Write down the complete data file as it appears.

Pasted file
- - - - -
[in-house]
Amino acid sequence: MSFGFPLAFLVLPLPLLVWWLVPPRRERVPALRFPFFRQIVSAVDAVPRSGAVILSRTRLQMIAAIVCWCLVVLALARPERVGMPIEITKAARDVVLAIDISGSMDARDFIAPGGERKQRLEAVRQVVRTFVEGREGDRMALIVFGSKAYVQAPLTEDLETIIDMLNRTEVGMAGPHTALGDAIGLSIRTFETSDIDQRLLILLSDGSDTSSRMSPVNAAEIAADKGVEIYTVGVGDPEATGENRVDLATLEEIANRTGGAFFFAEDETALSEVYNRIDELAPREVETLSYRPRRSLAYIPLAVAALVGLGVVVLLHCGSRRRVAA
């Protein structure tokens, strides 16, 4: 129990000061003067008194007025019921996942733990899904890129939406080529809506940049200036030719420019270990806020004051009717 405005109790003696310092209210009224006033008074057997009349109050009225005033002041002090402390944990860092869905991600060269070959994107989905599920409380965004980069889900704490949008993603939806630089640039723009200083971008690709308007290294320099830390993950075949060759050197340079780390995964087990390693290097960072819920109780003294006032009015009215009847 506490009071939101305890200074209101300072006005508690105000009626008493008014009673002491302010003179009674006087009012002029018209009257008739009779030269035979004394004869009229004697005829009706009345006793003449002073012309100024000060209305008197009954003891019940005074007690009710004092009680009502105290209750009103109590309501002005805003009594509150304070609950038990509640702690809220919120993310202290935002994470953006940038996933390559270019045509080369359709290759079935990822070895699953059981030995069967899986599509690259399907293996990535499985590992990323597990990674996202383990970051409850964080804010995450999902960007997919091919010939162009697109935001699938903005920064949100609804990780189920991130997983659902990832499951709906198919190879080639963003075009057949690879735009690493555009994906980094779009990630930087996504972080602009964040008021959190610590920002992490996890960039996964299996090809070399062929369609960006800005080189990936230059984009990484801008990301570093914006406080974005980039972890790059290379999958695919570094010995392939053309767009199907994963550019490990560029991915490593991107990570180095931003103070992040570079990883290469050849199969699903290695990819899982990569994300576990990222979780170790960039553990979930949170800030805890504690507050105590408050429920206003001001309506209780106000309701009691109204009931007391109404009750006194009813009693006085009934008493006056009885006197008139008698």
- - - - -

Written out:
[in-house]
Amino acid sequence: MSFGFPLAFLVLPLPLLVWWLVPPRRERVPALRFPFFRQIVSAVDAVPRSGAVILSRTRLQMIAAIVCWCLVVLALARPERVGMPIEITKAARDVVLAIDISGSMDARDFIAPGGERKQRLEAVRQVVRTFVEGREGDRMALIVFGSKAYVQAPLTEDLETIIDMLNRTEVGMAGPHTALGDAIGLSIRTFETSDIDQRLLILLSDGSDTSSRMSPVNAAEIAADKGVEIYTVGVGDPEATGENRVDLATLEEIANRTGGAFFFAEDETALSEVYNRIDELAPREVETLSYRPRRSLAYIPLAVAALVGLGVVVLLHCGSRRRVAA
């Protein structure tokens, strides 16, 4: 129990000061003067008194007025019921996942733990899904890129939406080529809506940049200036030719420019270990806020004051009717 405005109790003696310092209210009224006033008074057997009349109050009225005033002041002090402390944990860092869905991600060269070959994107989905599920409380965004980069889900704490949008993603939806630089640039723009200083971008690709308007290294320099830390993950075949060759050197340079780390995964087990390693290097960072819920109780003294006032009015009215009847 506490009071939101305890200074209101300072006005508690105000009626008493008014009673002491302010003179009674006087009012002029018209009257008739009779030269035979004394004869009229004697005829009706009345006793003449002073012309100024000060209305008197009954003891019940005074007690009710004092009680009502105290209750009103109590309501002005805003009594509150304070609950038990509640702690809220919120993310202290935002994470953006940038996933390559270019045509080369359709290759079935990822070895699953059981030995069967899986599509690259399907293996990535499985590992990323597990990674996202383990970051409850964080804010995450999902960007997919091919010939162009697109935001699938903005920064949100609804990780189920991130997983659902990832499951709906198919190879080639963003075009057949690879735009690493555009994906980094779009990630930087996504972080602009964040008021959190610590920002992490996890960039996964299996090809070399062929369609960006800005080189990936230059984009990484801008990301570093914006406080974005980039972890790059290379999958695919570094010995392939053309767009199907994963550019490990560029991915490593991107990570180095931003103070992040570079990883290469050849199969699903290695990819899982990569994300576990990222979780170790960039553990979930949170800030805890504690507050105590408050429920206003001001309506209780106000309701009691109204009931007391109404009750006194009813009693006085009934008493006056009885006197008139008698």